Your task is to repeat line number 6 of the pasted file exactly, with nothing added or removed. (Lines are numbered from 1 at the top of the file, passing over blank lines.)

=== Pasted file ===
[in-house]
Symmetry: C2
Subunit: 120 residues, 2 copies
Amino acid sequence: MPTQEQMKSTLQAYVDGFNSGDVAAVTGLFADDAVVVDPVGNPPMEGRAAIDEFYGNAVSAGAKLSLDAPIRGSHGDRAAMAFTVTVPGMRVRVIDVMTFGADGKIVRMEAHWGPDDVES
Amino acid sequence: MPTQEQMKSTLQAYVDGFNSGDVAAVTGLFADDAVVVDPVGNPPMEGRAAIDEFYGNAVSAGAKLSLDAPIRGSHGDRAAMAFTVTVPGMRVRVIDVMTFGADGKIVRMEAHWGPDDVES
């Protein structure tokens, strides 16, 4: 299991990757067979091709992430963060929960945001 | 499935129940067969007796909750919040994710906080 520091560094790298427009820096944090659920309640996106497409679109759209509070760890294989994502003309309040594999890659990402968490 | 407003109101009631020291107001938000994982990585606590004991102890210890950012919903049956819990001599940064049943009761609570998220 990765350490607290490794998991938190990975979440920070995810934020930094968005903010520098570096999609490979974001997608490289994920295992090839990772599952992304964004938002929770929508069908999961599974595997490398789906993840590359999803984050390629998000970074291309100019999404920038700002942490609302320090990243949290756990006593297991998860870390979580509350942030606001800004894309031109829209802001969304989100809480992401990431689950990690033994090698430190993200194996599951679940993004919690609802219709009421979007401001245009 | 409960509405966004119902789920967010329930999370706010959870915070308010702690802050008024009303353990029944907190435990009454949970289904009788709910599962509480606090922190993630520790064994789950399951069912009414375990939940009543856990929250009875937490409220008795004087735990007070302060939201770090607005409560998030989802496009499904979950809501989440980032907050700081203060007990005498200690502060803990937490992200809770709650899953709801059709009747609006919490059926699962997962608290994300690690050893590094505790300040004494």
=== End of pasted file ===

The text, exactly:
């Protein structure tokens, strides 16, 4: 299991990757067979091709992430963060929960945001 | 499935129940067969007796909750919040994710906080 520091560094790298427009820096944090659920309640996106497409679109759209509070760890294989994502003309309040594999890659990402968490 | 407003109101009631020291107001938000994982990585606590004991102890210890950012919903049956819990001599940064049943009761609570998220 990765350490607290490794998991938190990975979440920070995810934020930094968005903010520098570096999609490979974001997608490289994920295992090839990772599952992304964004938002929770929508069908999961599974595997490398789906993840590359999803984050390629998000970074291309100019999404920038700002942490609302320090990243949290756990006593297991998860870390979580509350942030606001800004894309031109829209802001969304989100809480992401990431689950990690033994090698430190993200194996599951679940993004919690609802219709009421979007401001245009 | 409960509405966004119902789920967010329930999370706010959870915070308010702690802050008024009303353990029944907190435990009454949970289904009788709910599962509480606090922190993630520790064994789950399951069912009414375990939940009543856990929250009875937490409220008795004087735990007070302060939201770090607005409560998030989802496009499904979950809501989440980032907050700081203060007990005498200690502060803990937490992200809770709650899953709801059709009747609006919490059926699962997962608290994300690690050893590094505790300040004494």